California's cap and trade program, part of the AB 32 program to reduce greenhouse gas ("GHG") emissions, took effect on January 1, 2012. On January 1st of this year, the first cap and trade compliance period began. Now, the California Air Resources Board ("CARB") is moving forward with its effort to link California's cap and trade program to the cap and trade program of the Canadian Province of Quebec: last week, CARB provided a supplemental 15-day notice seeking public comment on the regulation to link with Quebec. Comments on the linkage regulation are due to CARB by January 23, 2013.
Quebec is situated in eastern Canada and its largest cities are Montreal and Quebec City. Although Quebec is Canada's largest province by size and has a population of about eight million people (second only to Ontario among provinces), its economy is not nearly as large as that of California: Quebec has a GDP of about $300 billion compared to California's GDP of about $1.9 trillion.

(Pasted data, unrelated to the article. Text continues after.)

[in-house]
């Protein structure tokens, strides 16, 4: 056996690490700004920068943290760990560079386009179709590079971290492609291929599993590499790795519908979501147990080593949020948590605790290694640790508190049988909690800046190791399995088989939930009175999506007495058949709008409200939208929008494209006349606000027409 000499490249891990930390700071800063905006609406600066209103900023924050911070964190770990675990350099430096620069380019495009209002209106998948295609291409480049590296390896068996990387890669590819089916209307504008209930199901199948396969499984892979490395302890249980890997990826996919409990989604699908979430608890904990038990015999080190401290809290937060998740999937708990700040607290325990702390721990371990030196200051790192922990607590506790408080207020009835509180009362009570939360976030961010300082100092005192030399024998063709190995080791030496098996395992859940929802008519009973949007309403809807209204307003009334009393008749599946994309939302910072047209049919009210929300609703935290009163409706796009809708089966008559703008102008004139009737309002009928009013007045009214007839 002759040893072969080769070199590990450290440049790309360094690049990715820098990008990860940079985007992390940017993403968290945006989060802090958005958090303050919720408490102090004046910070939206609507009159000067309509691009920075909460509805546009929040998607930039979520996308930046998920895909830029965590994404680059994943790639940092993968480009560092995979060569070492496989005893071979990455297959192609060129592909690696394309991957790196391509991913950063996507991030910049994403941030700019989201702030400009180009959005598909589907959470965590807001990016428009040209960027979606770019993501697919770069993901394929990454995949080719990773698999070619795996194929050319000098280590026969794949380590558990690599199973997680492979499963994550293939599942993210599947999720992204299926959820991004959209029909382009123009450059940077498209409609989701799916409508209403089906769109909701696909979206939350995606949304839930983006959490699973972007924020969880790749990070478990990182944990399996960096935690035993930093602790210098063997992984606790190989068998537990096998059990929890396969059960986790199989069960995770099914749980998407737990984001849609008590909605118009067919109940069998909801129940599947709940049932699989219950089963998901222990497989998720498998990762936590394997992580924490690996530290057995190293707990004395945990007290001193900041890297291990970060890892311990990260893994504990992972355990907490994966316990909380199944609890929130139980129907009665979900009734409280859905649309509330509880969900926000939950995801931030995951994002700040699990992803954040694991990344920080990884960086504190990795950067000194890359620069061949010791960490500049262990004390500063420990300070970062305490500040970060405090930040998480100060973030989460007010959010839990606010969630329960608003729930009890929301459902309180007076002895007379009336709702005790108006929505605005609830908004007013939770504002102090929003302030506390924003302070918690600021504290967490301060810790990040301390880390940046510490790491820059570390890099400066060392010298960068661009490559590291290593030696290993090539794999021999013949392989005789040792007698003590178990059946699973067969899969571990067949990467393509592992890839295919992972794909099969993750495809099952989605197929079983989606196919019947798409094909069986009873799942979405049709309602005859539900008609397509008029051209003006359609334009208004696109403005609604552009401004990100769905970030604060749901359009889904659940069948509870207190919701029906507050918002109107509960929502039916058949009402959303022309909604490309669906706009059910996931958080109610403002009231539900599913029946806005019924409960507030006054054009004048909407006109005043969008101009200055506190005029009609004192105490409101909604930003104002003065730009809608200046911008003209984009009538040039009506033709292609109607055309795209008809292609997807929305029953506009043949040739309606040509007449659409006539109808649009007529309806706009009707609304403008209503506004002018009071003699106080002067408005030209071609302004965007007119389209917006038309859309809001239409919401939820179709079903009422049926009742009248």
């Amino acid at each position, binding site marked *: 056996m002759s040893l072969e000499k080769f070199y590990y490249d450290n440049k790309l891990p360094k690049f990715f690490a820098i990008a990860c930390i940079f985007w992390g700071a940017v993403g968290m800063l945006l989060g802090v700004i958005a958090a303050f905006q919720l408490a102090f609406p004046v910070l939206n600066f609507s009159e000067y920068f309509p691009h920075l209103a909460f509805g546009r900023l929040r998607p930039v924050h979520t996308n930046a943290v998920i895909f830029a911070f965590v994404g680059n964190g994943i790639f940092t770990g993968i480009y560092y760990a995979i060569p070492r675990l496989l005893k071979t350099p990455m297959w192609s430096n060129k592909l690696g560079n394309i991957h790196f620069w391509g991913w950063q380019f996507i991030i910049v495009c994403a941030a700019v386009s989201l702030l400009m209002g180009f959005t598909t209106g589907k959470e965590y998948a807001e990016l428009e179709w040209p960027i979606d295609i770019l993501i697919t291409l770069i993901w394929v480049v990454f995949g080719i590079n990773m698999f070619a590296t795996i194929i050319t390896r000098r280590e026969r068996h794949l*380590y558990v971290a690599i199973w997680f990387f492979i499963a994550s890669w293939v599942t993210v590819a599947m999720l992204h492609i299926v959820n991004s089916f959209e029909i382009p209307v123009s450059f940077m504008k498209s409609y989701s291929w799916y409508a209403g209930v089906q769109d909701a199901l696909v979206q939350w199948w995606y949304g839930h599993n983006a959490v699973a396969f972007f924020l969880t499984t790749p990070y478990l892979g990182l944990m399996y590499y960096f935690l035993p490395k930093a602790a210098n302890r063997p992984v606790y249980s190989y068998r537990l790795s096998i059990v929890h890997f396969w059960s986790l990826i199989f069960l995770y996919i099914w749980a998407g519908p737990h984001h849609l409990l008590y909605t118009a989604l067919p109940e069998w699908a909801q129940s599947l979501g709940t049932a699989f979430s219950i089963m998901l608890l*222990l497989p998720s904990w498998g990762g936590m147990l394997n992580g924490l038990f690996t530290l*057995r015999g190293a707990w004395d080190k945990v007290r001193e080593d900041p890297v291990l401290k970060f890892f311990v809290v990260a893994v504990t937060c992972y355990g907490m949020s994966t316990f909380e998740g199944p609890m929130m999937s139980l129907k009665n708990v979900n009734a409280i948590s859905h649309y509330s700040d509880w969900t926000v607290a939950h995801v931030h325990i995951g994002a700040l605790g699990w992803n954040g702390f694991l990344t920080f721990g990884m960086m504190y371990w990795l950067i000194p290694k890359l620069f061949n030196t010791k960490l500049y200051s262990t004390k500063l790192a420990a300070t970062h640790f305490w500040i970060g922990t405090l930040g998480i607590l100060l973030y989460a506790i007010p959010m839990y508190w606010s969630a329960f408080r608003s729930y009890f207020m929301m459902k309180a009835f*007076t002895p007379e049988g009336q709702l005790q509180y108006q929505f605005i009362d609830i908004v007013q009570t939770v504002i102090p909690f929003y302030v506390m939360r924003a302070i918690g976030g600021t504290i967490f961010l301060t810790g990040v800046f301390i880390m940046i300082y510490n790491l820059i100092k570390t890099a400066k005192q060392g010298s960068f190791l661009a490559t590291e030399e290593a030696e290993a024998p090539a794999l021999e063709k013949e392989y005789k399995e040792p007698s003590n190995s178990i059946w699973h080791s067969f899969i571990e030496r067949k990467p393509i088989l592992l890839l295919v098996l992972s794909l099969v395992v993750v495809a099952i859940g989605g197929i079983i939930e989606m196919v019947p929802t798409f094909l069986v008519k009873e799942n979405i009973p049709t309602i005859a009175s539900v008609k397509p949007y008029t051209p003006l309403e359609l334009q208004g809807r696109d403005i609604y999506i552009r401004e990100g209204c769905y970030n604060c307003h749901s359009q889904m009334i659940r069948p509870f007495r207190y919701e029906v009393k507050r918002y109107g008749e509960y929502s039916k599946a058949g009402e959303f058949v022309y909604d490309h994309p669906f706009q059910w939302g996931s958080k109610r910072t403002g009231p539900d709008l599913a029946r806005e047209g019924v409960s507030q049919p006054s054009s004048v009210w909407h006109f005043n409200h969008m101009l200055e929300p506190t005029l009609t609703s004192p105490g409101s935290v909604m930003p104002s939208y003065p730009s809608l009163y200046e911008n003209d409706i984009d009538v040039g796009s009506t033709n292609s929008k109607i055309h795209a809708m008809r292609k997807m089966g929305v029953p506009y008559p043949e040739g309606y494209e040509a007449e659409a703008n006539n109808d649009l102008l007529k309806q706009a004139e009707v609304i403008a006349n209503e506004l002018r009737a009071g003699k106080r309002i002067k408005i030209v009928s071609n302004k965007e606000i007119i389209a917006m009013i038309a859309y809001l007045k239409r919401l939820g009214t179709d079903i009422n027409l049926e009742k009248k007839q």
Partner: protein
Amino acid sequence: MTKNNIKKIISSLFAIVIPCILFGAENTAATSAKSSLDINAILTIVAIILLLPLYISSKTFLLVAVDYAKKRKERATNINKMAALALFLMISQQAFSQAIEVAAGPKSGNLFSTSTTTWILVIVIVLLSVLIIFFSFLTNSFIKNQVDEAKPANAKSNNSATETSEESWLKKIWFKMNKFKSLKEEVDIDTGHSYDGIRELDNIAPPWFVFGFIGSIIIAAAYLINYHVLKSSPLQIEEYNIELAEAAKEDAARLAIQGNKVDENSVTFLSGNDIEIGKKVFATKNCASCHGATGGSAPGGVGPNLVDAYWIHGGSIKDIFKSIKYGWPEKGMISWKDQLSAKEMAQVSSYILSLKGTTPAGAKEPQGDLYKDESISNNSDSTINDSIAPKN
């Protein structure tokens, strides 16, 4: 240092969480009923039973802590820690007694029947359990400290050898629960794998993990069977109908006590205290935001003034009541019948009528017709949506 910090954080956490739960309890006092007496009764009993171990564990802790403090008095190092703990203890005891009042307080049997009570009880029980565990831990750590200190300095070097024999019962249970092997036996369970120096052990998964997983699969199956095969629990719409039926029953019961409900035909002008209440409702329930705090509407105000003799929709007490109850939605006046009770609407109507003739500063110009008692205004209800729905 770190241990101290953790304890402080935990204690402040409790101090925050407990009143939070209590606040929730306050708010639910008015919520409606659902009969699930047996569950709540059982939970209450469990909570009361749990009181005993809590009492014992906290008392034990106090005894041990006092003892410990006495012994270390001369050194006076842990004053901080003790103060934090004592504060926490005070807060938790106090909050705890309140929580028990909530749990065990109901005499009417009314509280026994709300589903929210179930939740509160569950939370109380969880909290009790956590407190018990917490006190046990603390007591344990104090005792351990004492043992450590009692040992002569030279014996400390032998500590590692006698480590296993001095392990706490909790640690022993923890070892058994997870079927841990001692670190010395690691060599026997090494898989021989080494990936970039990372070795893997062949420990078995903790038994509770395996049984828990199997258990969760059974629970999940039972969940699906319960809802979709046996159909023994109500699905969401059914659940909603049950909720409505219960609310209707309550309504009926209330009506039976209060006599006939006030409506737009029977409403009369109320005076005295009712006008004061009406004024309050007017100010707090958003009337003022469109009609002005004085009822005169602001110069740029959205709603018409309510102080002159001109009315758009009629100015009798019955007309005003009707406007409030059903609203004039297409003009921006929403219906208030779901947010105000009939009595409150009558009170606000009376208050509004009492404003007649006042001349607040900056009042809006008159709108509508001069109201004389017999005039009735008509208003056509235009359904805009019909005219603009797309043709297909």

Quebec may seem a bit curious as the first partner for California's cap and trade program (for those keeping tabs, this would be the most interaction California has had with Quebec since the LA Dodgers played the Montreal Expos for the National League Pennant in 1981). However, both California and Quebec have been active in the Western Climate Initiative and, while other participants slowed down climate efforts during the economic recession, California and Quebec moved forward to establish cap and trade programs based on the model developed by the Western Climate Initiative.
Linkage Would Create Integrated Cap and Trade Programs
By linking to Quebec, CARB would create an integrated market where allowances (i.e., permits to emit regulated GHGs) and offset credits (credits for GHG emission reductions from approved offset projects) could be used interchangeably in California and Quebec's cap and trade programs to comply with compliance obligations.